The ability of “The Battle Cry of Freedom” to bridge divisions over emancipation is not surprising. The song’s definition of the Northern cause is purposely open-ended. Those looking for anti-slavery sentiments could find them, but these elements were not so pronounced as to offend those who were solely unionists. The chorus was the key, for it was there that Root described why Northerners rallied around the flag. The first line boldly endorsed a perpetual Union – “The Union forever” – followed by a strong dismissal of secession: “Down with the traitor, up with the star.” However, the battle cry Root shouted was one of “freedom.” Freedom had many meanings in the Civil War – for instance, freedom from Confederate political tyranny or the oft-perceived “slaveholders’ conspiracy” – but, in the context of Root’s political beliefs and other activities, he clearly meant to suggest some degree of abolitionism.
Many of Root’s contemporaries thought so too. Abolitionists frequently performed “The Battle Cry of Freedom,” including one group who celebrated Independence Day by singing the tune at Jefferson Davis’s recently captured plantation – afterward hanging a placard over the door declaring, “Down with the traitor, And up with the star.” African-Americans also saw the song’s anti-slavery sentiments and adopted it as one of their wartime anthems. This was especially true among black troops, who sang it as they marched through the streets of Charleston, S.C., and as they readied themselves to finally capture Richmond, Va.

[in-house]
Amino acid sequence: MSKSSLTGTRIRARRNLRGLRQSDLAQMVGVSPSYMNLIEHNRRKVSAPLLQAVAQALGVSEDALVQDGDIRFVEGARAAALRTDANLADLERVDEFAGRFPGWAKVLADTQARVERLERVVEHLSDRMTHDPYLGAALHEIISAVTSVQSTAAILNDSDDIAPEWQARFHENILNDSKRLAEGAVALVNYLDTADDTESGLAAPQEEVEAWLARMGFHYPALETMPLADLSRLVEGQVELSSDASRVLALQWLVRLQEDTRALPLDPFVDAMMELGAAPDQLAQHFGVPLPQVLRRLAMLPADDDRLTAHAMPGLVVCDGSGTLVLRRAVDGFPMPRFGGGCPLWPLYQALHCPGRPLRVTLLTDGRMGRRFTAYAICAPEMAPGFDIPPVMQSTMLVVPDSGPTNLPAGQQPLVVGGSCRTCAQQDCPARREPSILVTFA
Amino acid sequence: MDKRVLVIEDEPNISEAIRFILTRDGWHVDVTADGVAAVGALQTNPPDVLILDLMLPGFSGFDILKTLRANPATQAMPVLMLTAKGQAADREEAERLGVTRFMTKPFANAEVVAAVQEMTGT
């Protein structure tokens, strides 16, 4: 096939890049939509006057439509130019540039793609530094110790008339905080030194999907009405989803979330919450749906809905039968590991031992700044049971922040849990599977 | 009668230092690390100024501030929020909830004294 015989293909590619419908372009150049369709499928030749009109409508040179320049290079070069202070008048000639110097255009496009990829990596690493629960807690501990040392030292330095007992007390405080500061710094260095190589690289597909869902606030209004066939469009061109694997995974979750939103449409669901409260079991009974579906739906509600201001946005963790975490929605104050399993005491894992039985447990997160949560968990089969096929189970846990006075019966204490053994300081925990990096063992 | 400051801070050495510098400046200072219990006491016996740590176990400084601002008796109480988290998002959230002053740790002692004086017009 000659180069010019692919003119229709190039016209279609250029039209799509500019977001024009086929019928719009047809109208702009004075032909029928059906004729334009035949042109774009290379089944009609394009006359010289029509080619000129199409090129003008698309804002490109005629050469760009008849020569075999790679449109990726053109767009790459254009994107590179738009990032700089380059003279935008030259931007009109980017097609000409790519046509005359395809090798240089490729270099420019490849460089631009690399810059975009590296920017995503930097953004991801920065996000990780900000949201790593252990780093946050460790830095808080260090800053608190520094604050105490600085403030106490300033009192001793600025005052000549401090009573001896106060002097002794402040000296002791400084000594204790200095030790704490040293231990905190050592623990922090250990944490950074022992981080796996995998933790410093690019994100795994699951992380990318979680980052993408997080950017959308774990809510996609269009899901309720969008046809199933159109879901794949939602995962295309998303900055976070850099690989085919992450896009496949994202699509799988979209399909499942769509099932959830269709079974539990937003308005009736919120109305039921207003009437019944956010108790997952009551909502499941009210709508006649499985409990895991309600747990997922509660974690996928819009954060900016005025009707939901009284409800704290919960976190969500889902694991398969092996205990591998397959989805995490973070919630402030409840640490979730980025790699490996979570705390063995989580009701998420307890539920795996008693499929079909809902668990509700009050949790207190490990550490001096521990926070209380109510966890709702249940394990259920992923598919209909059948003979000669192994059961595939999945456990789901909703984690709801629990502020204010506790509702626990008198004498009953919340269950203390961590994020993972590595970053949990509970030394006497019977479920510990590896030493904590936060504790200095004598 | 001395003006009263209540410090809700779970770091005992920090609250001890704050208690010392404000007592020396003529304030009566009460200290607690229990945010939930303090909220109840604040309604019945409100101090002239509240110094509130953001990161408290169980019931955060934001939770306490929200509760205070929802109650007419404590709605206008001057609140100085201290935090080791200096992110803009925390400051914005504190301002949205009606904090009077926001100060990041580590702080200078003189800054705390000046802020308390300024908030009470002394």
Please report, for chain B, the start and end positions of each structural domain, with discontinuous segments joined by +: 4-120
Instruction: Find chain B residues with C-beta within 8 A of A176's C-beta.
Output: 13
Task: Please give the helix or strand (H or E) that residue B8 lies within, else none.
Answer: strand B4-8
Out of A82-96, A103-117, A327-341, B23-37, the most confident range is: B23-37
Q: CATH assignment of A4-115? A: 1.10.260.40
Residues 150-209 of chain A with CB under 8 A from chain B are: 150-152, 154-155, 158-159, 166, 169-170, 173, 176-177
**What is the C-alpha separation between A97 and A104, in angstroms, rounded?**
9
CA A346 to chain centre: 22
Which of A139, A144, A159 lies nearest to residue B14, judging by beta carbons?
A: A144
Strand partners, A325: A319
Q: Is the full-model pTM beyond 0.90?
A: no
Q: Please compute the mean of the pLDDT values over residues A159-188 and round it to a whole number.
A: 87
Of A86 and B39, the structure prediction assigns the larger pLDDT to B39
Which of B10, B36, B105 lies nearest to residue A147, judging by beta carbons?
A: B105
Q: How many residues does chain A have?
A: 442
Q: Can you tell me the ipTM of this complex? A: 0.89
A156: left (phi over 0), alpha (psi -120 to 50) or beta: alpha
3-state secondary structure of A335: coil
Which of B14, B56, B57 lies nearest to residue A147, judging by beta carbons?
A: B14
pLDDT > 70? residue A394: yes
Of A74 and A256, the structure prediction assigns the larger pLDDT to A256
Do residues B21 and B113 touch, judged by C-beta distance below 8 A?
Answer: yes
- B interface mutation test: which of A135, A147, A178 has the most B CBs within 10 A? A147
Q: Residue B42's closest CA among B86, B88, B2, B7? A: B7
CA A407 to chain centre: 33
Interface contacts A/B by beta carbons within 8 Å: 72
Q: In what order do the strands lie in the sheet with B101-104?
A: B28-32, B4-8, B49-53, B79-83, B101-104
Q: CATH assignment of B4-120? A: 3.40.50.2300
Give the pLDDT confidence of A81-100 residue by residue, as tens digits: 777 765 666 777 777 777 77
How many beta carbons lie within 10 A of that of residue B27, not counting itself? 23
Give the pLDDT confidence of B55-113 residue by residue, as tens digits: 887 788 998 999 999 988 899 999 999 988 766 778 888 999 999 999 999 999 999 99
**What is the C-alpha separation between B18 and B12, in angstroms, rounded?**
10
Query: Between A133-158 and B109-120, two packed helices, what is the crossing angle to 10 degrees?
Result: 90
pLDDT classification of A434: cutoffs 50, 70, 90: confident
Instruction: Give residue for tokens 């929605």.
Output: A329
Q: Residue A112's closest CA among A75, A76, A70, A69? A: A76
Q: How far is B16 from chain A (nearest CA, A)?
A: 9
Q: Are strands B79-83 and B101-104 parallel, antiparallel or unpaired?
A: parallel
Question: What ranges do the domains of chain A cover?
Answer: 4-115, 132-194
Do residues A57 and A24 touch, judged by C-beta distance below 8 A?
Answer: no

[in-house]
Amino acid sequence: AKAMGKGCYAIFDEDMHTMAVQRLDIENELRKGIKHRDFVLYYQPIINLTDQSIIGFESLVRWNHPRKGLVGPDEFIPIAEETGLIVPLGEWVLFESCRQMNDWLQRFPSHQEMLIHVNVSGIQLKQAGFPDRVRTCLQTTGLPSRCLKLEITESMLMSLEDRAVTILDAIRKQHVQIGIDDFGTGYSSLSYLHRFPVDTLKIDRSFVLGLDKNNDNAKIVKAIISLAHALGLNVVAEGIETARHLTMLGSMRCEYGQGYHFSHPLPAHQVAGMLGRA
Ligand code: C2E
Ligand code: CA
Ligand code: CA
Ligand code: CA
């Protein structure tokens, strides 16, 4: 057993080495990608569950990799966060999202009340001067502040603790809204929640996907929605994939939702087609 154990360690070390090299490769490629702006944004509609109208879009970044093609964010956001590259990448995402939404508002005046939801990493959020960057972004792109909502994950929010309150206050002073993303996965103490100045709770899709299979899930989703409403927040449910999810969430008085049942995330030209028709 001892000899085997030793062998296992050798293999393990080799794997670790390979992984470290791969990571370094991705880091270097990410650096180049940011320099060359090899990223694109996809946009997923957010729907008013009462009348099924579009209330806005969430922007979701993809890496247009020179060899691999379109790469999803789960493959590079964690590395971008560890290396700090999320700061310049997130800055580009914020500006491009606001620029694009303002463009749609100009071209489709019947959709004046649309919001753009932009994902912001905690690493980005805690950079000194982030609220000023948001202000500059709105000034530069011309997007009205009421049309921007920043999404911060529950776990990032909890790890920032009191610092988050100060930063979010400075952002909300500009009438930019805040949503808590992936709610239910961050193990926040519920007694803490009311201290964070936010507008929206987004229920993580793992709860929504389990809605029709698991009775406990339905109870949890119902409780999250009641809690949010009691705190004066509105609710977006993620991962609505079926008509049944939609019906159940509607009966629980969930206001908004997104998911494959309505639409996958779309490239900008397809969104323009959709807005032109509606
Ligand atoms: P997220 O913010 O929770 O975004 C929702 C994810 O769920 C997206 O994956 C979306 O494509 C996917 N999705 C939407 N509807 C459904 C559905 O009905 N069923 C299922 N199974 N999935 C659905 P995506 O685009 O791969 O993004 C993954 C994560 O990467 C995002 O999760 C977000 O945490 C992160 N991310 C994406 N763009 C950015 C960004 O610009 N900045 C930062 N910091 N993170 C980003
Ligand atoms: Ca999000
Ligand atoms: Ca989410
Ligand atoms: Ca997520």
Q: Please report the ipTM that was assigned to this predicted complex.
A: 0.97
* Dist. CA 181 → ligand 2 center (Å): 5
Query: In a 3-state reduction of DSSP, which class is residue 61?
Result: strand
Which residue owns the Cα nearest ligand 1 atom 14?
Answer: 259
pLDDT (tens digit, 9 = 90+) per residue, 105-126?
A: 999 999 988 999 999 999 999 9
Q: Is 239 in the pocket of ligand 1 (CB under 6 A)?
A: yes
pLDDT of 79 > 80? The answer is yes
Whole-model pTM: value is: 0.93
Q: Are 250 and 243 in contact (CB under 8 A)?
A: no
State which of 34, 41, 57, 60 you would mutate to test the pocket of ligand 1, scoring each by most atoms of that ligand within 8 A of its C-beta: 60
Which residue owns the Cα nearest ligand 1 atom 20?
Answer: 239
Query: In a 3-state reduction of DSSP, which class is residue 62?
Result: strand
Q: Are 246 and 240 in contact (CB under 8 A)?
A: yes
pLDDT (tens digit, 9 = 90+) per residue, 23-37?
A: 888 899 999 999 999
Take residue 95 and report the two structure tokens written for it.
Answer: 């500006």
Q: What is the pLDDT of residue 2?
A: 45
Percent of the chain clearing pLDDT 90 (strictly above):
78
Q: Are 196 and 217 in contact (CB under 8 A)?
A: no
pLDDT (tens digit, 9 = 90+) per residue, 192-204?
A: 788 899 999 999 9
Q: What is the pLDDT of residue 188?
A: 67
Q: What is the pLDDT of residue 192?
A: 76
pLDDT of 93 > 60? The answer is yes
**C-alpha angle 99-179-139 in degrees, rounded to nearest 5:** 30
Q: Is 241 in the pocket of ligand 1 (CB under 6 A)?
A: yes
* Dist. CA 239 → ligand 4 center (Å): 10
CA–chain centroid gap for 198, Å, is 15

The return to peace slightly diminished its popularity, but the tune returned to prominence at the end of the century at soldier reunions. In 1895, Root was honored at a “War Song Concert” in Chicago by a standing ovation led by Robert Todd Lincoln. Root died a year later and another concert was held raising funds for a monument to the old songwriter. Once again, Jules Lumbard brought the house down when he sang “The Battle Cry of Freedom,” just as he had 34 years earlier.